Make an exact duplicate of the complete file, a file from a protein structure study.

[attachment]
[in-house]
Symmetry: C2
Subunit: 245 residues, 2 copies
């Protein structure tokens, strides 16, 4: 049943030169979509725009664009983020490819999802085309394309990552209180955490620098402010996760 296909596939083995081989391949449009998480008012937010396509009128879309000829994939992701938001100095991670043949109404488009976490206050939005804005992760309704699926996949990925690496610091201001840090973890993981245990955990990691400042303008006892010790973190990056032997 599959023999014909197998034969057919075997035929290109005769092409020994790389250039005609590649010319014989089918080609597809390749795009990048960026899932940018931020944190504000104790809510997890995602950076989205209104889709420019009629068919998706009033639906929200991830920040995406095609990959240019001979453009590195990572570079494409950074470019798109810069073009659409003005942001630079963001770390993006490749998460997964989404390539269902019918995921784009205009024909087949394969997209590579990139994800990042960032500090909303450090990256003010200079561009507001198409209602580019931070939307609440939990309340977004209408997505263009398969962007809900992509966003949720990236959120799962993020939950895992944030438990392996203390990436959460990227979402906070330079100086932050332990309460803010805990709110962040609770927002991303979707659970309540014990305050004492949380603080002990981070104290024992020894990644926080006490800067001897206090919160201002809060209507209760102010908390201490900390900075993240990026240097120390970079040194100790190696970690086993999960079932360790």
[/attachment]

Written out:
[in-house]
Symmetry: C2
Subunit: 245 residues, 2 copies
């Protein structure tokens, strides 16, 4: 049943030169979509725009664009983020490819999802085309394309990552209180955490620098402010996760 296909596939083995081989391949449009998480008012937010396509009128879309000829994939992701938001100095991670043949109404488009976490206050939005804005992760309704699926996949990925690496610091201001840090973890993981245990955990990691400042303008006892010790973190990056032997 599959023999014909197998034969057919075997035929290109005769092409020994790389250039005609590649010319014989089918080609597809390749795009990048960026899932940018931020944190504000104790809510997890995602950076989205209104889709420019009629068919998706009033639906929200991830920040995406095609990959240019001979453009590195990572570079494409950074470019798109810069073009659409003005942001630079963001770390993006490749998460997964989404390539269902019918995921784009205009024909087949394969997209590579990139994800990042960032500090909303450090990256003010200079561009507001198409209602580019931070939307609440939990309340977004209408997505263009398969962007809900992509966003949720990236959120799962993020939950895992944030438990392996203390990436959460990227979402906070330079100086932050332990309460803010805990709110962040609770927002991303979707659970309540014990305050004492949380603080002990981070104290024992020894990644926080006490800067001897206090919160201002809060209507209760102010908390201490900390900075993240990026240097120390970079040194100790190696970690086993999960079932360790």